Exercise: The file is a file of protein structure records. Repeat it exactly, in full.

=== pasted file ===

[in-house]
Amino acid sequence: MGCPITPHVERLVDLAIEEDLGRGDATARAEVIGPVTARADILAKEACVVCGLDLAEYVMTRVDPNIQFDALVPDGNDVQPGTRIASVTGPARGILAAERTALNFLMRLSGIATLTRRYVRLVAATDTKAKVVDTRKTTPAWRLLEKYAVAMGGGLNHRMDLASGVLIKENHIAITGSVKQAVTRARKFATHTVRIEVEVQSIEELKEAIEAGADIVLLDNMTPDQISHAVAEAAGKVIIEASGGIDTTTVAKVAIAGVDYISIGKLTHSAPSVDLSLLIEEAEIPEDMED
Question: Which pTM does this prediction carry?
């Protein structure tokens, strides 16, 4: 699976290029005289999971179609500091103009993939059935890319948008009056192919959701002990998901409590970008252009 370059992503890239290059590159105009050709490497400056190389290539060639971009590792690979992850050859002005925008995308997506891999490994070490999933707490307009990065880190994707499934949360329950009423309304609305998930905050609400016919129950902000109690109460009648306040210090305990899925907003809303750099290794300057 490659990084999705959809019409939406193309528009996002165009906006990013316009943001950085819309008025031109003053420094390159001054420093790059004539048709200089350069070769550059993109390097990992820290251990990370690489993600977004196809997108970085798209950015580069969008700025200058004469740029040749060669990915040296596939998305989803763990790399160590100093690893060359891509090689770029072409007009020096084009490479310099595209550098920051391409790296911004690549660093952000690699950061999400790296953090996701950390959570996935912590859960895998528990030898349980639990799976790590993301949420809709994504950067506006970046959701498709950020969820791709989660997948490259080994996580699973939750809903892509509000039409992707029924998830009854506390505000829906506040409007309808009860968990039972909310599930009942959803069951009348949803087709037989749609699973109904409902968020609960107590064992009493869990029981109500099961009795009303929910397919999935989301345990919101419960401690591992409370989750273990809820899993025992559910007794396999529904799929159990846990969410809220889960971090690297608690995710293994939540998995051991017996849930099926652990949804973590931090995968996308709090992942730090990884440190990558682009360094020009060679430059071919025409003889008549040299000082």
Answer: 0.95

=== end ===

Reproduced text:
[in-house]
Amino acid sequence: MGCPITPHVERLVDLAIEEDLGRGDATARAEVIGPVTARADILAKEACVVCGLDLAEYVMTRVDPNIQFDALVPDGNDVQPGTRIASVTGPARGILAAERTALNFLMRLSGIATLTRRYVRLVAATDTKAKVVDTRKTTPAWRLLEKYAVAMGGGLNHRMDLASGVLIKENHIAITGSVKQAVTRARKFATHTVRIEVEVQSIEELKEAIEAGADIVLLDNMTPDQISHAVAEAAGKVIIEASGGIDTTTVAKVAIAGVDYISIGKLTHSAPSVDLSLLIEEAEIPEDMED
Question: Which pTM does this prediction carry?
């Protein structure tokens, strides 16, 4: 699976290029005289999971179609500091103009993939059935890319948008009056192919959701002990998901409590970008252009 370059992503890239290059590159105009050709490497400056190389290539060639971009590792690979992850050859002005925008995308997506891999490994070490999933707490307009990065880190994707499934949360329950009423309304609305998930905050609400016919129950902000109690109460009648306040210090305990899925907003809303750099290794300057 490659990084999705959809019409939406193309528009996002165009906006990013316009943001950085819309008025031109003053420094390159001054420093790059004539048709200089350069070769550059993109390097990992820290251990990370690489993600977004196809997108970085798209950015580069969008700025200058004469740029040749060669990915040296596939998305989803763990790399160590100093690893060359891509090689770029072409007009020096084009490479310099595209550098920051391409790296911004690549660093952000690699950061999400790296953090996701950390959570996935912590859960895998528990030898349980639990799976790590993301949420809709994504950067506006970046959701498709950020969820791709989660997948490259080994996580699973939750809903892509509000039409992707029924998830009854506390505000829906506040409007309808009860968990039972909310599930009942959803069951009348949803087709037989749609699973109904409902968020609960107590064992009493869990029981109500099961009795009303929910397919999935989301345990919101419960401690591992409370989750273990809820899993025992559910007794396999529904799929159990846990969410809220889960971090690297608690995710293994939540998995051991017996849930099926652990949804973590931090995968996308709090992942730090990884440190990558682009360094020009060679430059071919025409003889008549040299000082």
Answer: 0.95